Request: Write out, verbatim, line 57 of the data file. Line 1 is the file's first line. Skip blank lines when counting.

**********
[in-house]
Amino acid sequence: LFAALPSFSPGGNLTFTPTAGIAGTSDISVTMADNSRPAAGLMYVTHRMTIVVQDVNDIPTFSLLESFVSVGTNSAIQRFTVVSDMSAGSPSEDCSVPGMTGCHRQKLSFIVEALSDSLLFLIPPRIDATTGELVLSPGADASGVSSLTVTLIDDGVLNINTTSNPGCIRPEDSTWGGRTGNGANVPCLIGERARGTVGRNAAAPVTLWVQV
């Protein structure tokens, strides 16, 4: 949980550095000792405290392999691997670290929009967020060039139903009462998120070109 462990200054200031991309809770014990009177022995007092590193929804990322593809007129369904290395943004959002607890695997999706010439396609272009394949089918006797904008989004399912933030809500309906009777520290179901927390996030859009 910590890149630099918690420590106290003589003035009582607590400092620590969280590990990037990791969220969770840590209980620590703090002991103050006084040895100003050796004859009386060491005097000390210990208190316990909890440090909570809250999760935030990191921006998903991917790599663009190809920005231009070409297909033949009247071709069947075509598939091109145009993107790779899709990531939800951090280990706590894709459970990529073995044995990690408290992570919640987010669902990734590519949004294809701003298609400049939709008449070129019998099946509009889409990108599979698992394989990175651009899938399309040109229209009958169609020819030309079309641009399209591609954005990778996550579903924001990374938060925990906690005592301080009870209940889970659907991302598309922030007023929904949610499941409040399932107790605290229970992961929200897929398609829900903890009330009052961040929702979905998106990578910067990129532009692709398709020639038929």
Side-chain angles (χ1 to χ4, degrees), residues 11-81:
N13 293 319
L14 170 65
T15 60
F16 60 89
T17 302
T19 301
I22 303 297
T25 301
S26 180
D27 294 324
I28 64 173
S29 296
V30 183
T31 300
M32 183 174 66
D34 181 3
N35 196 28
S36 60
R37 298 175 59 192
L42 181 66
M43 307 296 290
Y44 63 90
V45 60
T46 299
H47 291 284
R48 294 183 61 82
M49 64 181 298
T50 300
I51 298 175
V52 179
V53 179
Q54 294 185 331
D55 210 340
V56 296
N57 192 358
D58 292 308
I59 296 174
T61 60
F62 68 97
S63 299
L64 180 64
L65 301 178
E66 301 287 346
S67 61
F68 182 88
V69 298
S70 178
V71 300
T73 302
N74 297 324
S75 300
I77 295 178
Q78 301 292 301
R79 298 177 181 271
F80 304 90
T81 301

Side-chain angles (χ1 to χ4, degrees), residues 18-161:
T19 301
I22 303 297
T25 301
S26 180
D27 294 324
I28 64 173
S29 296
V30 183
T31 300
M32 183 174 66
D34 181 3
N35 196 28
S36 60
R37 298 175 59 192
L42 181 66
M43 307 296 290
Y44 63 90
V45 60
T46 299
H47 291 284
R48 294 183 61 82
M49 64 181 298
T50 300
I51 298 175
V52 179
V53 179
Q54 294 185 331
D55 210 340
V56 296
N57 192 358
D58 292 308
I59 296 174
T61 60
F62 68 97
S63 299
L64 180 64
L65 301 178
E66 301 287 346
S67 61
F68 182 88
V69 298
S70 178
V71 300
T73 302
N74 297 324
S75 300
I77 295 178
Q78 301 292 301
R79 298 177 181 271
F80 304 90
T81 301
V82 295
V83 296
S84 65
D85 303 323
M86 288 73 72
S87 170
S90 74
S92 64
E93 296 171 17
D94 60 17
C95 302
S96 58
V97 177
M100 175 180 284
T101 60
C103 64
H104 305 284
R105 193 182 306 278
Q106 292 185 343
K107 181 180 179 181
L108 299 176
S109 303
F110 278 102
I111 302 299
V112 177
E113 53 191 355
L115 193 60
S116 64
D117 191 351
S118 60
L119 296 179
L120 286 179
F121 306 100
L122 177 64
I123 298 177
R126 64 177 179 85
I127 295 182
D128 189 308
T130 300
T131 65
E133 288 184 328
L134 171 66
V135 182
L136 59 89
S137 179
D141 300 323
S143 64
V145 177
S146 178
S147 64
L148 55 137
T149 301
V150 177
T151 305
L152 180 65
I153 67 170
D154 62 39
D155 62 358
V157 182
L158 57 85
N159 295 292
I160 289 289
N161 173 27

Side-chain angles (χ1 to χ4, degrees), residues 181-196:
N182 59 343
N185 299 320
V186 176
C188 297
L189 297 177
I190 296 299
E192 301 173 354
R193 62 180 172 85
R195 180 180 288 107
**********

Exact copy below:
Q78 301 292 301